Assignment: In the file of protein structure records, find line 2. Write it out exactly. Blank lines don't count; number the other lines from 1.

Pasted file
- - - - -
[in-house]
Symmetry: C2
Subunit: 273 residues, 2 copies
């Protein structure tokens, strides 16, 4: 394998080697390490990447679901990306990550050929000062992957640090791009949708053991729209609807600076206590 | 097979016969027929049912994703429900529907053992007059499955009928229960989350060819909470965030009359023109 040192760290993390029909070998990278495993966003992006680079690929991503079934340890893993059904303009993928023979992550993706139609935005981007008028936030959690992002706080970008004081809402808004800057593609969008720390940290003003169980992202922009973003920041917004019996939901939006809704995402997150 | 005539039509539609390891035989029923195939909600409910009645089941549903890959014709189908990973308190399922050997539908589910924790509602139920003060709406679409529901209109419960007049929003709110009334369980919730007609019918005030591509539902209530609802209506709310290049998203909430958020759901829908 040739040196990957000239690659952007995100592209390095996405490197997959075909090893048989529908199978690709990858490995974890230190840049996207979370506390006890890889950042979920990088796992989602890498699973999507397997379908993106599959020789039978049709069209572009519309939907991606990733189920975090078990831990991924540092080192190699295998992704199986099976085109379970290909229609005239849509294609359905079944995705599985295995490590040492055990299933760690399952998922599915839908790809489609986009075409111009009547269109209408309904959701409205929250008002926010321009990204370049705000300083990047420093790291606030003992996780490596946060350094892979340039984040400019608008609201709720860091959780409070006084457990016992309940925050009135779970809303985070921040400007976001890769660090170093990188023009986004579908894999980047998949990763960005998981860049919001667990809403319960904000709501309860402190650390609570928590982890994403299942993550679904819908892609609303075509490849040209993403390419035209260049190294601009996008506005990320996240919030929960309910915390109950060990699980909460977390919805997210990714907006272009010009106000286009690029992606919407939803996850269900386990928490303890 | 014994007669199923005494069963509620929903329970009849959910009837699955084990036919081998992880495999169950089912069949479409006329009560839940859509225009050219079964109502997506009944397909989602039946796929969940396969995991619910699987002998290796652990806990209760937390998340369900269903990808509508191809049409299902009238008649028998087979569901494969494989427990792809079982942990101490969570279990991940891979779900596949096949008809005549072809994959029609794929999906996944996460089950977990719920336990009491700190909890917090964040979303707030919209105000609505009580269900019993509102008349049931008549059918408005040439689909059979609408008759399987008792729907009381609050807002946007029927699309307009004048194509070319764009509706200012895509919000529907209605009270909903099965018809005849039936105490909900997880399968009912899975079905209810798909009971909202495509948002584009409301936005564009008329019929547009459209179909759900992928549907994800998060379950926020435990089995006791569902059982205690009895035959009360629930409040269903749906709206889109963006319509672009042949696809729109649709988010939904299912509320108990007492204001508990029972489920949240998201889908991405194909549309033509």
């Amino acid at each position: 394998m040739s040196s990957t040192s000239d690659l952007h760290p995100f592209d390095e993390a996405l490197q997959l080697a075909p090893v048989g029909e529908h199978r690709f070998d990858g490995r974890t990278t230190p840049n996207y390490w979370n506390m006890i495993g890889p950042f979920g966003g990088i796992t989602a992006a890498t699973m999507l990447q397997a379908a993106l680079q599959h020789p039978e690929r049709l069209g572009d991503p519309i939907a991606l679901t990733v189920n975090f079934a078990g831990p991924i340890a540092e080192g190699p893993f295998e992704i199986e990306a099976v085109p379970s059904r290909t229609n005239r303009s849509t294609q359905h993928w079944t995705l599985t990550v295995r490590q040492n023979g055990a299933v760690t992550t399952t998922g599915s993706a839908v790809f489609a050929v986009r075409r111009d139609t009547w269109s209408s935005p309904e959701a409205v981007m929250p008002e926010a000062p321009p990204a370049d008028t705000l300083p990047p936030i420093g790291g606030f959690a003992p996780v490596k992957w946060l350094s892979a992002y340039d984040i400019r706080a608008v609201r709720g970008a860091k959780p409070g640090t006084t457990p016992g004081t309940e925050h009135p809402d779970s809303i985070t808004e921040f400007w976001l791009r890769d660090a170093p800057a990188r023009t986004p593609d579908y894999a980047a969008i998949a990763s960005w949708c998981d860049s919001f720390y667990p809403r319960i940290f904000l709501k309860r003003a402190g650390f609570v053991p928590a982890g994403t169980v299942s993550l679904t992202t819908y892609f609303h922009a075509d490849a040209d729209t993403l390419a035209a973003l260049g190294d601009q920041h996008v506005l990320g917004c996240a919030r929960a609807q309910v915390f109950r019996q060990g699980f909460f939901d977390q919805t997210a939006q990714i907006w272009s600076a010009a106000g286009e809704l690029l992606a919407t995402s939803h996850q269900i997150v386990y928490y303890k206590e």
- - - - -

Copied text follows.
Symmetry: C2